In January 2014, MAPCO Express, Inc., announced it would begin selling E15 fuel, which contains 15 percent ethanol and 85 percent gasoline, in select locations this year. The move is just the next step in a series of pioneering moves for this Brentwood, Tenn.-based c-store chain that already purveys E85 and biodiesel fuels and has a long track-record of offering innovative products to its customers.
Convenience Store News spoke with Dan Gordon, vice president of business development for MAPCO, to find out why the company is so committed to alternative fuels, and how being an industry pioneer is helping MAPCO differentiate its stores from its competitors.
Convenience Store News: MAPCO is known for being an industry leader where innovation is concerned. When and why did you start offering alternative fuels?
Gordon: We started offering alternative fuels approximately three years ago. We started off with E85, then added E20. We wanted to differentiate our product offerings, and be able to meet the demands of our customers, whatever those demands might be. We also wanted to take advantage of the financial incentive alternative fuels can offer. If ethanol costs significantly less than gas, margins for an ethanol product can often be enhanced, although that relationship is constantly changing.
We’ve also added electric charging stations at two sites because we want to understand how consumers are going to use them. It will help us understand consumer behavior and decide if we should be in that [business] in the long-term.
CSNews: How are alternative fuels impacting your overall business from a competitive standpoint.
Gordon: The c-store industry has become more competitive than ever—there are more than 150,000 c-stores in the U.S. and you have to find a way to differentiate your business. How are you going to compete? We have developed our large-format stores with a food concept as a core component. We have a variety of concepts including Subway, Quiznos, and our own My Deli concept—it varies by location. These large-format locations also have a selection of traditional c-store items, a large presence of our private label MY MAPCO products, and an ever-expanding selection of new items and services to meet the needs of our customers. For example, we have started a beer growler program offering local beers. But a big part of competing and differentiating our stores is having alternative fuels—that helps us stand out in the crowd.
CSNews: You started with E85—how has that fuel performed for you? Has it been tough getting customers to understand and buy the product.
Gordon: E85 has been a successful product offering for us. We do a nice job of differentiating our stores with E85 at street level. All of our new stores offer E85, and we include the E85 on our price signs. The dispenser for E85 has its own graphics to call out the product. We try to educate customers about E85. We have materials available at the point of sale; we talk to our store managers and district managers about the product; and word of mouth also helps. What’s surprising is that many people have vehicles that can use E85 but don’t even know it! Most U.S. automakers have embraced flex fuel vehicles, so there are a fair amount of them out there, but the owners don’t realize they can use E85.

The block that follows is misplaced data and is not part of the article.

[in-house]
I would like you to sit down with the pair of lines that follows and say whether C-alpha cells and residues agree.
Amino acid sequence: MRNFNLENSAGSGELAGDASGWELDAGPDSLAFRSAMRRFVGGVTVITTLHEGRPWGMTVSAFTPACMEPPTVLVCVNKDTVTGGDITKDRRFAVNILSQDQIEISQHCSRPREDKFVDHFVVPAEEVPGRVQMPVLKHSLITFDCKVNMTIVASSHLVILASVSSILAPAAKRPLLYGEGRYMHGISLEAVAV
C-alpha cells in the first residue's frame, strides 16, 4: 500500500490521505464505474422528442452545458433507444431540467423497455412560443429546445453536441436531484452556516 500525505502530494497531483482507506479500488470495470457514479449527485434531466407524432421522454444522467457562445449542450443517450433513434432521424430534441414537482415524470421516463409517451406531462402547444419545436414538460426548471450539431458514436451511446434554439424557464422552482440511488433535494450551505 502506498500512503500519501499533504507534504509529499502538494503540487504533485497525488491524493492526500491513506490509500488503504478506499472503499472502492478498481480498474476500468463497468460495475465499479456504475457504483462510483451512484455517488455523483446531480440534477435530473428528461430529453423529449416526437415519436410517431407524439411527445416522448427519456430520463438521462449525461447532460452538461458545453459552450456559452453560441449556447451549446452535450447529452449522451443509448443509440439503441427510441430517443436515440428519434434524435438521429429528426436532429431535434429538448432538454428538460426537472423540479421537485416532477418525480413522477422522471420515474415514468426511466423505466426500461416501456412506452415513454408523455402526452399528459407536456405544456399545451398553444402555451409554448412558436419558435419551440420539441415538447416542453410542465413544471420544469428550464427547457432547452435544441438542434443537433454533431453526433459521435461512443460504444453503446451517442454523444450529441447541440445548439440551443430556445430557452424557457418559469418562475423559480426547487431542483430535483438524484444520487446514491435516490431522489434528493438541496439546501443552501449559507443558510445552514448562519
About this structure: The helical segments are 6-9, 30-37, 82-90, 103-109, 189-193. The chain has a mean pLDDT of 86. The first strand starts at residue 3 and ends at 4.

CSNews: What made MAPCO decide to add E15?
Gordon: MAPCO will start offering E15 this summer at one of its newly constructed sites—we’re not sure which one yet, but it will be one of several currently under development. The company is evaluating retrofitting other locations, and we plan to continue to offer E15 as we open new locations as long as the government allows us to.
We decided to offer E15 because it is a fuel that certain groups are pushing for. As we look at the ethanol mandate, without changes to the RFS [Renewable Fuel Standard], the industry will hit a blend wall. If higher ethanol blends are required to meet the mandate, we will be ready to go. We’re guinea pigs—we’re learning as we go. But we want to understand the market to get a jump on the competition. E15 might be a viable option in the long-term, but even if it isn’t, we’re prepared to offer whatever fuel ends up the winner because we’re putting in the systems and have the infrastructure in place. Being a pioneer, we will be positioned to benefit for a long period of time.
CSNews: Do you have any advice for retailers who are thinking of adding alternative fuels?
Gordon: Adding a new product—particularly one that is complicated—requires a change to your organization and supply structure. From the outside, it often sounds easy to just say, “I am going to offer X.” But in reality, there is a lot to it. It isn’t something that can be executed in a short amount of time. The entire supply chain is affected. There are many things you have to consider. How will you source, store and dispense the fuel? What are the rules in your state? What about advertising, point-of-sale support, and the back-end accounting you’ll need? You can’t just flip a switch. It takes real effort and communication to see it through and to see it through correctly.
MAPCO Express, Inc., a division of Delek US Holdings Inc., operates 362 locations under the MAPCO Express, MAPCO Mart, East Coast, Discount Food Mart, Fast Food and Fuel, Delta Express and Favorite Markets brand names.